As disruptions in the global oil and gas industry intensify as a result of oil price shocks and the COVID-19 pandemic, companies have been forced to slow down or stop operations altogether. While the co-venturers at Guyana’s Stabroek Block – ExxonMobil, Hess and CNOOC – have each announced cutbacks in their company’s expenditures, there has been no indication that the price slump in particular, poses an immediate threat to production operations in the South American country.
“You’ve got two things that are going for you in Guyana,” Schreiner Parker, Rystad Energy’s Vice President for Latin America and the Caribbean, told OilNOW. “One, is that the operator is Exxon, and the second is the nature of the assets, especially from a breakeven point of view and development costs point of view. For offshore assets, the Stabroek Block is very competitive in breakeven terms, so even in a low oil price scenario that asset class is still very attractive.”
Parker said Rystad Energy does not anticipate current market conditions will result in oil production in Guyana coming to a halt, provided there are available export tankers and buyers in what is now an over-supplied market.
ExxonMobil announced on Tuesday that it is reducing its 2020 capital spending by 30 percent and lowering cash operating expenses by 15 percent in response to low commodity prices resulting from oversupply and demand weakness from the COVID-19 pandemic. Hess recently announced a $800 million reduction from its previous budget of $3.0 billion and CNOOC plans to trim 2020 investments by up to 15%.
None of the companies have indicated that oil production in Guyana will be affected by these measures.
Exxon in its announcement to cut capital spending said developing the numerous world-class deepwater discoveries offshore Guyana remains an integral part of its long-term growth plans. “Current operations onboard the Liza Destiny production vessel are unaffected, and startup of the second phase of field development remains on target for 2022, with the Liza Unity production vessel currently under construction,” the company had said.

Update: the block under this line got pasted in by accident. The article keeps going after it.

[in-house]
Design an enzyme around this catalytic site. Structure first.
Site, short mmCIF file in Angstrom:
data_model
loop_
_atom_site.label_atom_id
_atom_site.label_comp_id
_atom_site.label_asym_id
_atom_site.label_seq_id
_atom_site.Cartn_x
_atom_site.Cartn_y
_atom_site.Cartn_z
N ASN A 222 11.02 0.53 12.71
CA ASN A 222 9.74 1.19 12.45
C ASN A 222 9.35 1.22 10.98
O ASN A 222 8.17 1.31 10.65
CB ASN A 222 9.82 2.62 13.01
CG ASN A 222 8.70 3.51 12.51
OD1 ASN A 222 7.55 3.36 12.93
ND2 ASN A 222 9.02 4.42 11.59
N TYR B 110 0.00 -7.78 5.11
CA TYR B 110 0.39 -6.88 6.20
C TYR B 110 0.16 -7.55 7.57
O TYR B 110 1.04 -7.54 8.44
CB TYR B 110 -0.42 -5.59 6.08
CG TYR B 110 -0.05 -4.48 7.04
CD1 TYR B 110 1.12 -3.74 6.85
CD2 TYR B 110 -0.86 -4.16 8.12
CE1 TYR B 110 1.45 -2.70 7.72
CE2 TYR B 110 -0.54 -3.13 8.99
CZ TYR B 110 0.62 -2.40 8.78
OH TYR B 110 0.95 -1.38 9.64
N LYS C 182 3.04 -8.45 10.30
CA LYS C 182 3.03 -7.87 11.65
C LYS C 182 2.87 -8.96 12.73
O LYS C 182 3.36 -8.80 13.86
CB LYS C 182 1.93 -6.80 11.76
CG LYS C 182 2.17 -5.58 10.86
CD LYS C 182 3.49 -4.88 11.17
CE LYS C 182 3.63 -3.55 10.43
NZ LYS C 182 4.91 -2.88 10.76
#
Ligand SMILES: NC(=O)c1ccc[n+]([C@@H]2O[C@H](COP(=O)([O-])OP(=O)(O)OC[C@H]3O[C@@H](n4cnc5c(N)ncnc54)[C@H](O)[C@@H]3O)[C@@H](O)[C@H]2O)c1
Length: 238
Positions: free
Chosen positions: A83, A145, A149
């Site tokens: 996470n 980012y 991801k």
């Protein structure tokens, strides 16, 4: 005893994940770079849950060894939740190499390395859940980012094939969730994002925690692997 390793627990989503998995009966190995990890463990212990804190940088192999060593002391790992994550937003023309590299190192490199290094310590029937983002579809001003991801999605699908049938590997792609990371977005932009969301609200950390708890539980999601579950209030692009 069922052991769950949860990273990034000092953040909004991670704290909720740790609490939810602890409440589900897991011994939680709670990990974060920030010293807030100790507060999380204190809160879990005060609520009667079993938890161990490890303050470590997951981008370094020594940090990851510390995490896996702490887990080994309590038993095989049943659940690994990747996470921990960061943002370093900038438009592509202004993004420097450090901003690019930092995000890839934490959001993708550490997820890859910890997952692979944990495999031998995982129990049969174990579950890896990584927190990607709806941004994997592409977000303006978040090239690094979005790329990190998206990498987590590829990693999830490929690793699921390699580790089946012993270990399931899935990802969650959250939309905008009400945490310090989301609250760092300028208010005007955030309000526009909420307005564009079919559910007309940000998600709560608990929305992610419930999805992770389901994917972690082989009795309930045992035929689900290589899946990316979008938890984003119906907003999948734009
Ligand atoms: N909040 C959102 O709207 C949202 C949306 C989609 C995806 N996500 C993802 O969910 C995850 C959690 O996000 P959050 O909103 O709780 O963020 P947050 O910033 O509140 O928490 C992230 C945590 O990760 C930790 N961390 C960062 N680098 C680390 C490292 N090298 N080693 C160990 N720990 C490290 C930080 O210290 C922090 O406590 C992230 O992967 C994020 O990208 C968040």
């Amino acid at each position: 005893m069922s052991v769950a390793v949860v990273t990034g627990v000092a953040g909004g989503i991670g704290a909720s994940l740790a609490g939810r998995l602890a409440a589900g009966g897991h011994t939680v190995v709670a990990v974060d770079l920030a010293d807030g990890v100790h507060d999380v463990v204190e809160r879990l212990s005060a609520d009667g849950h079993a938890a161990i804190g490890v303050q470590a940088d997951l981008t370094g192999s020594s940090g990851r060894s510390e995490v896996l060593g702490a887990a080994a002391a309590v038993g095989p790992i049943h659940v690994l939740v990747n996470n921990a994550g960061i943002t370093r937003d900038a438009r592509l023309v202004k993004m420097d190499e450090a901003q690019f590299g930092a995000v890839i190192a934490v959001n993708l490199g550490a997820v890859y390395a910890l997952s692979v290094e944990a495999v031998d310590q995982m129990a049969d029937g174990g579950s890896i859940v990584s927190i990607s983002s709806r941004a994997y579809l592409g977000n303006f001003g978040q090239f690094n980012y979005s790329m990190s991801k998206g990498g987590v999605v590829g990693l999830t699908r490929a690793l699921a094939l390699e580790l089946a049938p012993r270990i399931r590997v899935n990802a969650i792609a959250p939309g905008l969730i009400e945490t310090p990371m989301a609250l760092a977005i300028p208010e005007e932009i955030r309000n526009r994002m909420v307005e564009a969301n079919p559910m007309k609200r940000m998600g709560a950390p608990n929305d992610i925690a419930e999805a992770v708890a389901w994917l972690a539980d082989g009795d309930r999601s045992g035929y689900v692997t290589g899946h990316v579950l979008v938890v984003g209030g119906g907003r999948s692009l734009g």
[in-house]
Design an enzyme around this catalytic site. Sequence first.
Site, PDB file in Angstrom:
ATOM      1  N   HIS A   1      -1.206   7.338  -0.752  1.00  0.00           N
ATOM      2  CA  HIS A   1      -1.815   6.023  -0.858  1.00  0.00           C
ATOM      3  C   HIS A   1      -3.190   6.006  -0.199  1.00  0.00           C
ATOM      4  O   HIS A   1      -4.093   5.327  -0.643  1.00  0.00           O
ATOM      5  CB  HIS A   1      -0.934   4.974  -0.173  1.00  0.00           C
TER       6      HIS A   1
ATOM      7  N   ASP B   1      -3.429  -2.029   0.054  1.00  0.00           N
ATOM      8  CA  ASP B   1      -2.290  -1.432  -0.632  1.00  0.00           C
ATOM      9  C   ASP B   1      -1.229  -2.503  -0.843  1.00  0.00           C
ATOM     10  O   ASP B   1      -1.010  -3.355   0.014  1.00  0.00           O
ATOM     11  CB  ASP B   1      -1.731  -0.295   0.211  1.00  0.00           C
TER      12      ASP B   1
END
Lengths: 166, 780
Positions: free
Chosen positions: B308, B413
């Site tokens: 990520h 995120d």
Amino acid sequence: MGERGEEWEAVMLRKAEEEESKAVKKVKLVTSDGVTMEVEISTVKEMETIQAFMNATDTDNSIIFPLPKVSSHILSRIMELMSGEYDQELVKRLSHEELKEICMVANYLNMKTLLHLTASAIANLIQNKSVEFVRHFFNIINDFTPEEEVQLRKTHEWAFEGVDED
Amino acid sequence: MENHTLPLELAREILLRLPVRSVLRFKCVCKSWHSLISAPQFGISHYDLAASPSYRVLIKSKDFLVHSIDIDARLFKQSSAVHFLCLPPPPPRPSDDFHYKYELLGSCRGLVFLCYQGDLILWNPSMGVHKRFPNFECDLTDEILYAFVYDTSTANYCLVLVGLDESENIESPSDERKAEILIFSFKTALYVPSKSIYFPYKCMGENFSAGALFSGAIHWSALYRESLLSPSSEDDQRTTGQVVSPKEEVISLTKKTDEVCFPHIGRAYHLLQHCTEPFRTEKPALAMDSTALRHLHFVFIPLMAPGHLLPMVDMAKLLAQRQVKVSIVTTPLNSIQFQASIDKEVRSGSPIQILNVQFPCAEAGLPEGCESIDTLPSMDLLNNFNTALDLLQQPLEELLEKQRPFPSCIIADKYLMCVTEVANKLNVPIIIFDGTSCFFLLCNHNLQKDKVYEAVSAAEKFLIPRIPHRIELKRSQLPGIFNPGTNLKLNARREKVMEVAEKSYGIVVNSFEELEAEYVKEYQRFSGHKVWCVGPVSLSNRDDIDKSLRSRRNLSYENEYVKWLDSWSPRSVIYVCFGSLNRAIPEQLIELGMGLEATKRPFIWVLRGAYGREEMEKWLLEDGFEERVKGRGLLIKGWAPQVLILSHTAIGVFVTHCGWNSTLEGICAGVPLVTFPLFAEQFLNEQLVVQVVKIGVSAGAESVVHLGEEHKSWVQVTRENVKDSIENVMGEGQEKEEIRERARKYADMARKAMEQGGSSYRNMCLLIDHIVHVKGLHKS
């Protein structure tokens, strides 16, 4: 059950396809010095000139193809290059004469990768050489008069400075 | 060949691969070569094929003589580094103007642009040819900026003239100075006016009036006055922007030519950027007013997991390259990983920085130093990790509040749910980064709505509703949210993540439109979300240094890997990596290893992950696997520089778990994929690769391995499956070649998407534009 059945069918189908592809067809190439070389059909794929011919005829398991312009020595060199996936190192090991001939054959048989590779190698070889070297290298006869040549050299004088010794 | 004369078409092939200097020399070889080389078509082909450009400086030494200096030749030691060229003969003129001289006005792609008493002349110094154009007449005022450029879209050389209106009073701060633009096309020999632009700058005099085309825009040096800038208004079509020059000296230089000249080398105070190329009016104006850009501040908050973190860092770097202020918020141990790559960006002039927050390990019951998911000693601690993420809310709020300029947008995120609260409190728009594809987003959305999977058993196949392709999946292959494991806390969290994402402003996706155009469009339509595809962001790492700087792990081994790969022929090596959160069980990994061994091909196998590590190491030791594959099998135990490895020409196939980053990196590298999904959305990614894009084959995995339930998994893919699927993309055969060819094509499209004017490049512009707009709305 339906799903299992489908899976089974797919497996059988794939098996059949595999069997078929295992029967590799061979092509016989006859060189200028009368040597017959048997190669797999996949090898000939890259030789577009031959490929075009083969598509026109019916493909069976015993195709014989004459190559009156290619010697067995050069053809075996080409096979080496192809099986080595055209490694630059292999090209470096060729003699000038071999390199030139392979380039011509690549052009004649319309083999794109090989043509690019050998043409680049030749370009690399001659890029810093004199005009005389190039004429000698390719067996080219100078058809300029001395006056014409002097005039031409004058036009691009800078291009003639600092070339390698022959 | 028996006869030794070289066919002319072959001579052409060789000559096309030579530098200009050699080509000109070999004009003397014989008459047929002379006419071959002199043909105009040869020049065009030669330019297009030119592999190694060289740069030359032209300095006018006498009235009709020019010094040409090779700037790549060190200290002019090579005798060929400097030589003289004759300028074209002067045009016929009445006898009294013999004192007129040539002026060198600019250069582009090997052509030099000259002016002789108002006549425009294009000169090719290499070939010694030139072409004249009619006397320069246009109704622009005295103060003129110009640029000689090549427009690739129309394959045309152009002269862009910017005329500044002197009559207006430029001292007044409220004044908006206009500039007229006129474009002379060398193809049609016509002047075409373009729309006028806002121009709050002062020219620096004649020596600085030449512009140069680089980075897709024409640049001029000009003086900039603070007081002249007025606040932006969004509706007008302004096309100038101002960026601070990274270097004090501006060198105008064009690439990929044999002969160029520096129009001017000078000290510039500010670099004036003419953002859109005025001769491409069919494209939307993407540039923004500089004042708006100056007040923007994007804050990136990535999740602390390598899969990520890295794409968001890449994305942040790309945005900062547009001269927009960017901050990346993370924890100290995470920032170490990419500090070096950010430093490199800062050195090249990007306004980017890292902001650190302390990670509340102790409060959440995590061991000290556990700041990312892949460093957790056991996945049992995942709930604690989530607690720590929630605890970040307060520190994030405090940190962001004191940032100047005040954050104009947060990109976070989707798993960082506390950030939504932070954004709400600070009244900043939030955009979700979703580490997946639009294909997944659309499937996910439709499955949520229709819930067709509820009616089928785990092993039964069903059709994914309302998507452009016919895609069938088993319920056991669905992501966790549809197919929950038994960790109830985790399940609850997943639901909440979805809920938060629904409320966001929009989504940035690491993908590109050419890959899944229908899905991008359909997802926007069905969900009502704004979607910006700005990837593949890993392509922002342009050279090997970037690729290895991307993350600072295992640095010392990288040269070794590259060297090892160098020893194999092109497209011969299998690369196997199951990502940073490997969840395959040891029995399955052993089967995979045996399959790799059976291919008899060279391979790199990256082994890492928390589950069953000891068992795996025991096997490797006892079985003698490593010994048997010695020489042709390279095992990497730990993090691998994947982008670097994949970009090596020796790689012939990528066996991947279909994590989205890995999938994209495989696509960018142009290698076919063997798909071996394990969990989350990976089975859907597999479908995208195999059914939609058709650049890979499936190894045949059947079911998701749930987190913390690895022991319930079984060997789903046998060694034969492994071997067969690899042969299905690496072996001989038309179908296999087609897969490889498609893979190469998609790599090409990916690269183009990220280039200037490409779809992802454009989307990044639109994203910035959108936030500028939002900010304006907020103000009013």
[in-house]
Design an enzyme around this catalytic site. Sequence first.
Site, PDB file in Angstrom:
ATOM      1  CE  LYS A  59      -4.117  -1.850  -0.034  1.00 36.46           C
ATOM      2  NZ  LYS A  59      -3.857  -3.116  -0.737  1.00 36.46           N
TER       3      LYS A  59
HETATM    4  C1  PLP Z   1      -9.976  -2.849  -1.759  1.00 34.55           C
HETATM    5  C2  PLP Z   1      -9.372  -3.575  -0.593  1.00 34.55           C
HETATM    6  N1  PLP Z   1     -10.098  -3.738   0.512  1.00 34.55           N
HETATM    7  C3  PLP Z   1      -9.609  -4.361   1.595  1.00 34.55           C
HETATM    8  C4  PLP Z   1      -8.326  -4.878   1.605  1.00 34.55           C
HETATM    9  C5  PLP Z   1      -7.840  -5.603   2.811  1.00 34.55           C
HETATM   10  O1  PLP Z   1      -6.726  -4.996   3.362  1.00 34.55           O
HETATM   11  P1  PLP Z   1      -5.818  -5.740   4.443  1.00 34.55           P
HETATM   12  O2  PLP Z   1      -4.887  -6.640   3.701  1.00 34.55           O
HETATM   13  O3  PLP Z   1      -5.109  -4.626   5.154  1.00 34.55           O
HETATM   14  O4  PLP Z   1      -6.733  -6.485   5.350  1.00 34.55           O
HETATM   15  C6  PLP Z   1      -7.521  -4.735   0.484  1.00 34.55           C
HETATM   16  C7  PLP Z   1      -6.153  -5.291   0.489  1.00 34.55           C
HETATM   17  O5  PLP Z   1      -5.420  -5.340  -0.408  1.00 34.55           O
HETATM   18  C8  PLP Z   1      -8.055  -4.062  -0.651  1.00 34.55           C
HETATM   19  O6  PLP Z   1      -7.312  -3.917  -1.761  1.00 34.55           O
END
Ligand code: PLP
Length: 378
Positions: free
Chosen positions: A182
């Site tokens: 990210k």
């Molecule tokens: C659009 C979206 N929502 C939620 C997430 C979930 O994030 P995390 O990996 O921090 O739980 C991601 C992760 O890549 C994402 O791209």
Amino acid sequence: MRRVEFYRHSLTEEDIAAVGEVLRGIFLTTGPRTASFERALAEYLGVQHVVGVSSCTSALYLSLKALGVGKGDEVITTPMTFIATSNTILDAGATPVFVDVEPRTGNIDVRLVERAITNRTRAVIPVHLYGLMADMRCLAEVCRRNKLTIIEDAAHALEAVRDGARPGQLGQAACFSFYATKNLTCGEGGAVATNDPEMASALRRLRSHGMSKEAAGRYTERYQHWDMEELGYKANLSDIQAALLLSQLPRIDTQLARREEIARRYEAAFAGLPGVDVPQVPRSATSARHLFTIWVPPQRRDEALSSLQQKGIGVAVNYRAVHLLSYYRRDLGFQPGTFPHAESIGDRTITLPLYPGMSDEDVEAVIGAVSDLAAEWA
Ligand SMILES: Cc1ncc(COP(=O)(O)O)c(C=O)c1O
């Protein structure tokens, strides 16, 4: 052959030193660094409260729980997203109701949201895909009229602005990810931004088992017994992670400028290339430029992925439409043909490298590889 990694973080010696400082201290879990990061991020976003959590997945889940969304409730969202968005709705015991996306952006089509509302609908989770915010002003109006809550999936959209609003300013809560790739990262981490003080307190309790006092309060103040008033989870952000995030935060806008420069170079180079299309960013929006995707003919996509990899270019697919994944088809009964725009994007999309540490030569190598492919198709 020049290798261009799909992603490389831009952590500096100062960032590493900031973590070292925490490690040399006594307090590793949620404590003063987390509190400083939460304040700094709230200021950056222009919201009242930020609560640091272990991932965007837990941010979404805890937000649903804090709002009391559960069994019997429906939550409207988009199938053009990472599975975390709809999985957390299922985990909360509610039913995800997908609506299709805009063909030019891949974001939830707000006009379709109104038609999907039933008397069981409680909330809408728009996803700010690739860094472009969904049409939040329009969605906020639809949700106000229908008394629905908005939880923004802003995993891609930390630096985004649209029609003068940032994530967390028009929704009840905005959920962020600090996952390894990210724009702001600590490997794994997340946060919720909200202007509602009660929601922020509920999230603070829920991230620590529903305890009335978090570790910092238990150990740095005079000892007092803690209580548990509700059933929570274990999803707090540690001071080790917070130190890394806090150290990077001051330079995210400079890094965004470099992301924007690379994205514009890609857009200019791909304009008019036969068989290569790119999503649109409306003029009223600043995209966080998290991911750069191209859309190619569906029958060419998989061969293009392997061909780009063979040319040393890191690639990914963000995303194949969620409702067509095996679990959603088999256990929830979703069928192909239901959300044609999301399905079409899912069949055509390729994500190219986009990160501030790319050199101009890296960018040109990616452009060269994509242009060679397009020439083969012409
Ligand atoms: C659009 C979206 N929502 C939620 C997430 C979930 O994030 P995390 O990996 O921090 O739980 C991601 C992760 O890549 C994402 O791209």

If a slowdown in oil production becomes necessary, it is likely to be as a result of measures that are being put in place for the COVID-19 pandemic which has resulted in travel restrictions that affects the movement of personnel to the country.
“Efforts are being made to limit the disruption of the coronavirus to our operations but given the global nature of our operations, travel restrictions have impacted our ability to move workers into Guyana and could impact our ability to maintain normal operations offshore,” Janelle Persaud, ExxonMobil Guyana Public and Government Affairs Advisor had told OilNOW.
For now, oil production continues unaffected at the Liza Phase 1 Development and plans are already underway for phase 2 of the project which is already approved. Exxon is also awaiting government approval for its third development at Payara and is looking to proceed with a fourth, at Hammerhead. The company anticipates that by 2025 it could be producing more than 750,000 barrels of oil per day at Stabroek.